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From the Township Garden to the City TableDanielle Nierenberg for Salem-News.com
“To grow these vegetables here for me, first, is a life” - Christina Kaba, a farmer working with HoH
(CAPE TOWN, South Africa) - Around 1 million people in South Africa—the majority of whom are recent arrivals from the former apartheid homelands, Transkei and Ciskei— live in the shacks that make up Khayelitsha, Nyanga and the area surrounding the Cape Flats outside Cape Town. Just under half, or 40 percent, of the population is unemployed, while the rest barely earn enough income to feed their families.
With support from the Ackerman Pick n’Pay Foundation, and in partnership with the South African Institute of Entrepreneurship (SAIE) and the Business Place Philippi, Abalimi Bezekhaya founded Harvest of Hope (HoH) in 2008. HoH purchases the surplus crops from 14 groups of farmers working in Abalimi Bezekhaya’s community plots, packages them in boxes and delivers them to selected schools where parents can purchase them to take home.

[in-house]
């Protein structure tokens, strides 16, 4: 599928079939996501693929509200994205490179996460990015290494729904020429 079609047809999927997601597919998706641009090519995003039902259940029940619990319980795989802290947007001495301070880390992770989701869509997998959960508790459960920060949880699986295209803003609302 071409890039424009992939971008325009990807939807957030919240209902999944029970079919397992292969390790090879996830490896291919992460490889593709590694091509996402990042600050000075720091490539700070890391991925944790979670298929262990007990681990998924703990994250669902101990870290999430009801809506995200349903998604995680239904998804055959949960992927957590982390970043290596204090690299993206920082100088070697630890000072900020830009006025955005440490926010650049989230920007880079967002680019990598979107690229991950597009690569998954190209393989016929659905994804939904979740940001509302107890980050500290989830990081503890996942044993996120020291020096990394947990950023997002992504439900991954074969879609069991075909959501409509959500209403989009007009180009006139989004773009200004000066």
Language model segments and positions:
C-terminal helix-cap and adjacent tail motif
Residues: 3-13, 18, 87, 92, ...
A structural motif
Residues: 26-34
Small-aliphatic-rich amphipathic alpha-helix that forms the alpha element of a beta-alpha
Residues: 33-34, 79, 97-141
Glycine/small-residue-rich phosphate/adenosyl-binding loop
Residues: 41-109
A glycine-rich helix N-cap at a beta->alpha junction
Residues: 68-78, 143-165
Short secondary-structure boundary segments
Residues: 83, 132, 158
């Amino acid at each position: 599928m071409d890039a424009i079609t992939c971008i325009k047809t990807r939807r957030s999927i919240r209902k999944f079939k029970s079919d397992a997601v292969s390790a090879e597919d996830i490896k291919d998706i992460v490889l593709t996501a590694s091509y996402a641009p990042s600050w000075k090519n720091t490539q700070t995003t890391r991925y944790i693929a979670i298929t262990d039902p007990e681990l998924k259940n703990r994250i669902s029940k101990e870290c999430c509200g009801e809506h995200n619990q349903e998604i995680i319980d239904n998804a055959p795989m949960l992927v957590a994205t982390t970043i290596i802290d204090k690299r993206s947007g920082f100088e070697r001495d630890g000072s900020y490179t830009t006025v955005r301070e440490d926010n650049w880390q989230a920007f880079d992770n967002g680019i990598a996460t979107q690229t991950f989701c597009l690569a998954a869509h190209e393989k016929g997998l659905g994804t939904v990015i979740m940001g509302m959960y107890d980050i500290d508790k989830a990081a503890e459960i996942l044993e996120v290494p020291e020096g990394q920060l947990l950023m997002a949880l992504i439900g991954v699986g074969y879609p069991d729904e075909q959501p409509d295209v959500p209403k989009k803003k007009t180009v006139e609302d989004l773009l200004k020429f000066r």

For families in Cape Town, HoH means fresh vegetables instead of the older, and often imported, produce at the grocery store. But for families of the farmers working with Hope of Harvest, it means much more. “To grow these vegetables here for me, first, is a life,” said Christina Kaba, a farmer working with HoH in a video about the project. “Second, is how you can give to your family without asking anyone for a donation for money or food. Here you are making money, you are making food.”
To read more about innovations that bring produce to cities, see: Vertical Farms: Finding Ways to Grow Food in Kibera, Growing Food in Urban “Trash,” Creating a Market for the Taste of Home, Looking for an Answer in the Private Sector, and Reducing Wastewater Starts with a Conversation.
Source: Worldwatch Institute
Emphasizing on the ground research, project co-director Danielle Nierenberg is currently traveling throughout sub-Saharan Africa to meet with farmers, farmers groups, local government representatives, funders, and NGO’s. You can follow her research and the resulting conversations on the Nourishing the Planet blog: http://www.nourishingtheplanet.org
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